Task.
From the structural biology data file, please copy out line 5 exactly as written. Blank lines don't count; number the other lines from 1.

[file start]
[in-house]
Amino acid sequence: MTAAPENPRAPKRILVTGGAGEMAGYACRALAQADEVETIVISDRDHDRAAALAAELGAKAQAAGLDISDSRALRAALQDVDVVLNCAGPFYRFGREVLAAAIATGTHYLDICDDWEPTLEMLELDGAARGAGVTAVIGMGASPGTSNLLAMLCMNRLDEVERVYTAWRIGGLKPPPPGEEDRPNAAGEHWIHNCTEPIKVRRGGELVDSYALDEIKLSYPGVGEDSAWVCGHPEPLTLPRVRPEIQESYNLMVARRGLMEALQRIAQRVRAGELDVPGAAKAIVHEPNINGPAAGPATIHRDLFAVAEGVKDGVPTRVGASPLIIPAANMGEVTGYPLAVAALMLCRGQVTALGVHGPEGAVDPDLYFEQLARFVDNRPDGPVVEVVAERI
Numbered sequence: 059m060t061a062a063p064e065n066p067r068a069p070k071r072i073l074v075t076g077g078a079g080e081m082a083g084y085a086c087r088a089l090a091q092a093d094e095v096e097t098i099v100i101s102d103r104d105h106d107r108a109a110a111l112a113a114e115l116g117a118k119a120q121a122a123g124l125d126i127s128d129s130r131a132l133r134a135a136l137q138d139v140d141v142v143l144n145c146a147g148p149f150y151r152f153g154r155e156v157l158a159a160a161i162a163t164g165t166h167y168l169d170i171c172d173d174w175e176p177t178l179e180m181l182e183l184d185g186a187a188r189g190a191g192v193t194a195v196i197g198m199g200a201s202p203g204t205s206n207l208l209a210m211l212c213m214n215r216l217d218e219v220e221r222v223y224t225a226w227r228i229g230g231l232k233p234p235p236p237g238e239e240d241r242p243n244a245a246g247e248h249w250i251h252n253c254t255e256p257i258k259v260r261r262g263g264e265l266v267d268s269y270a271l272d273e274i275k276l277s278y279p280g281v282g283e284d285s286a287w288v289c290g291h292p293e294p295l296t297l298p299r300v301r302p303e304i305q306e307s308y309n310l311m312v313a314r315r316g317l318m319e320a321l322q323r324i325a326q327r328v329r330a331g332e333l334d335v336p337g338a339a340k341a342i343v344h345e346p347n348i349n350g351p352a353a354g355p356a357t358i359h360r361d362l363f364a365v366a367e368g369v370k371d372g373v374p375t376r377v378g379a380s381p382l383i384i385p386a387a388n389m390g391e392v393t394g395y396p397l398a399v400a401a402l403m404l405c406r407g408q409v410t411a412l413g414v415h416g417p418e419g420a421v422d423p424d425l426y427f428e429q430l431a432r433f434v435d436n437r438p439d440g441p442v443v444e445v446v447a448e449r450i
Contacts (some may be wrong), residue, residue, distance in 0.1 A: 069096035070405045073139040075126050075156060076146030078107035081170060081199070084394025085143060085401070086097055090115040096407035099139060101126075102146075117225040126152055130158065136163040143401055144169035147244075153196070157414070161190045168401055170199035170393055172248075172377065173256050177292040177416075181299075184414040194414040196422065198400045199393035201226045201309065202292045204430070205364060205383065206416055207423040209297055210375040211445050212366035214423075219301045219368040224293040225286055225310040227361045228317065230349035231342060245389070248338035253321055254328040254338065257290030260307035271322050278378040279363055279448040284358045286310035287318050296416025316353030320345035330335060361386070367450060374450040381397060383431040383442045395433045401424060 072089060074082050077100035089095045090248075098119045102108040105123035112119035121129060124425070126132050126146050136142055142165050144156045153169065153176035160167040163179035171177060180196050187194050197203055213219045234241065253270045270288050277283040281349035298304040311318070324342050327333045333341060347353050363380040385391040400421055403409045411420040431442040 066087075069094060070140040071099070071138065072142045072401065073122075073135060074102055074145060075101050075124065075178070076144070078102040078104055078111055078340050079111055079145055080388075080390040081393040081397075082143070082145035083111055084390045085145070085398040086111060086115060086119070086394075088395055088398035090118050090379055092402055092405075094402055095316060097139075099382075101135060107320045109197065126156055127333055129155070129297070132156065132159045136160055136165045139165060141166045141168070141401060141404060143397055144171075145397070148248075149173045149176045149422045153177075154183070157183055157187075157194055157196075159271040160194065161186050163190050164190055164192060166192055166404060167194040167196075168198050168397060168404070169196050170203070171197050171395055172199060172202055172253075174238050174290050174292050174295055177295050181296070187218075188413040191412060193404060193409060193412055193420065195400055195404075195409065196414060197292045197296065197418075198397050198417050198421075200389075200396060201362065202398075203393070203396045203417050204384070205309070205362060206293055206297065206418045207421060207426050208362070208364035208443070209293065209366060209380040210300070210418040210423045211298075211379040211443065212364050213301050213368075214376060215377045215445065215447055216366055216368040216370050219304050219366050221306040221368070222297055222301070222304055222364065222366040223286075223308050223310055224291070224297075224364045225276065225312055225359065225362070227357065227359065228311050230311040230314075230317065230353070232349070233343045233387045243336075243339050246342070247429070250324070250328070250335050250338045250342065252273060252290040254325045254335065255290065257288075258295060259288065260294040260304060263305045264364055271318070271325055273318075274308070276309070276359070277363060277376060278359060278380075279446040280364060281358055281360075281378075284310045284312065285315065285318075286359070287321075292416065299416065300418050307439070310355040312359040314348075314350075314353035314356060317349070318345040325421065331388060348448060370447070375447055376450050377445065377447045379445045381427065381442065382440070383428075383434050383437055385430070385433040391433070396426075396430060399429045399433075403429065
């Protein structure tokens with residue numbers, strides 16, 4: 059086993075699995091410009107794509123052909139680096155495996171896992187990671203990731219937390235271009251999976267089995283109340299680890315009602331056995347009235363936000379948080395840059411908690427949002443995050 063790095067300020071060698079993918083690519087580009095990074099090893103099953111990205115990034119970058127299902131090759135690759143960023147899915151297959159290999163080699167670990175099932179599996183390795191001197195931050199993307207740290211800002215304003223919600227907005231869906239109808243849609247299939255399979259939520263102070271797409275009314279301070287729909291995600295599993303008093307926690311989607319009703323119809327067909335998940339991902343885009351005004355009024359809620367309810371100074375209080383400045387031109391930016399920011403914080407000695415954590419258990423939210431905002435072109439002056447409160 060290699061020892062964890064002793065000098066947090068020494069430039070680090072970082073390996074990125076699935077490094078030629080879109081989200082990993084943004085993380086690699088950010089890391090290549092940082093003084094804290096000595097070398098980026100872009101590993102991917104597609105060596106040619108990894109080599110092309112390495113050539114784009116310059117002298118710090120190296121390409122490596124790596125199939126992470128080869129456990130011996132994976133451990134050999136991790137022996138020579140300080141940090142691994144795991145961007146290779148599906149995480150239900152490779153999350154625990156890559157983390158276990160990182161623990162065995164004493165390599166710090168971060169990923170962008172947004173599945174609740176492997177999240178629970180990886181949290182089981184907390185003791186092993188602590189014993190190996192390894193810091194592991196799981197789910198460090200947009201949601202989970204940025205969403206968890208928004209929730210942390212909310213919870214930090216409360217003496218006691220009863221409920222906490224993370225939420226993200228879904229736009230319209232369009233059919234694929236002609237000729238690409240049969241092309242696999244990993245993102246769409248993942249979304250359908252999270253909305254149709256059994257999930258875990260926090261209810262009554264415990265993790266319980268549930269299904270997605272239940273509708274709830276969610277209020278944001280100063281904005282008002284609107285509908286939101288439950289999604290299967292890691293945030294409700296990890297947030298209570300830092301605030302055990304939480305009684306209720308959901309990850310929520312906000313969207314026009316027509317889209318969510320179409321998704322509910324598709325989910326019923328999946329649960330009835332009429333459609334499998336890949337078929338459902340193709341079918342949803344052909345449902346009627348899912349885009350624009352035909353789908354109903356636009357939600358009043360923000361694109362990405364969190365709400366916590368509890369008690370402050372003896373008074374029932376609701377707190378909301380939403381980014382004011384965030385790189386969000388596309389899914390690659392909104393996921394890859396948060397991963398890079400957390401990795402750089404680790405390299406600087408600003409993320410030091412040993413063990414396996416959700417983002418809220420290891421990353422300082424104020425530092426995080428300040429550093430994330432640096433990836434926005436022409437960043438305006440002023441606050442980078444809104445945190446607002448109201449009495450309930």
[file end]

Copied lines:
């Protein structure tokens with residue numbers, strides 16, 4: 059086993075699995091410009107794509123052909139680096155495996171896992187990671203990731219937390235271009251999976267089995283109340299680890315009602331056995347009235363936000379948080395840059411908690427949002443995050 063790095067300020071060698079993918083690519087580009095990074099090893103099953111990205115990034119970058127299902131090759135690759143960023147899915151297959159290999163080699167670990175099932179599996183390795191001197195931050199993307207740290211800002215304003223919600227907005231869906239109808243849609247299939255399979259939520263102070271797409275009314279301070287729909291995600295599993303008093307926690311989607319009703323119809327067909335998940339991902343885009351005004355009024359809620367309810371100074375209080383400045387031109391930016399920011403914080407000695415954590419258990423939210431905002435072109439002056447409160 060290699061020892062964890064002793065000098066947090068020494069430039070680090072970082073390996074990125076699935077490094078030629080879109081989200082990993084943004085993380086690699088950010089890391090290549092940082093003084094804290096000595097070398098980026100872009101590993102991917104597609105060596106040619108990894109080599110092309112390495113050539114784009116310059117002298118710090120190296121390409122490596124790596125199939126992470128080869129456990130011996132994976133451990134050999136991790137022996138020579140300080141940090142691994144795991145961007146290779148599906149995480150239900152490779153999350154625990156890559157983390158276990160990182161623990162065995164004493165390599166710090168971060169990923170962008172947004173599945174609740176492997177999240178629970180990886181949290182089981184907390185003791186092993188602590189014993190190996192390894193810091194592991196799981197789910198460090200947009201949601202989970204940025205969403206968890208928004209929730210942390212909310213919870214930090216409360217003496218006691220009863221409920222906490224993370225939420226993200228879904229736009230319209232369009233059919234694929236002609237000729238690409240049969241092309242696999244990993245993102246769409248993942249979304250359908252999270253909305254149709256059994257999930258875990260926090261209810262009554264415990265993790266319980268549930269299904270997605272239940273509708274709830276969610277209020278944001280100063281904005282008002284609107285509908286939101288439950289999604290299967292890691293945030294409700296990890297947030298209570300830092301605030302055990304939480305009684306209720308959901309990850310929520312906000313969207314026009316027509317889209318969510320179409321998704322509910324598709325989910326019923328999946329649960330009835332009429333459609334499998336890949337078929338459902340193709341079918342949803344052909345449902346009627348899912349885009350624009352035909353789908354109903356636009357939600358009043360923000361694109362990405364969190365709400366916590368509890369008690370402050372003896373008074374029932376609701377707190378909301380939403381980014382004011384965030385790189386969000388596309389899914390690659392909104393996921394890859396948060397991963398890079400957390401990795402750089404680790405390299406600087408600003409993320410030091412040993413063990414396996416959700417983002418809220420290891421990353422300082424104020425530092426995080428300040429550093430994330432640096433990836434926005436022409437960043438305006440002023441606050442980078444809104445945190446607002448109201449009495450309930």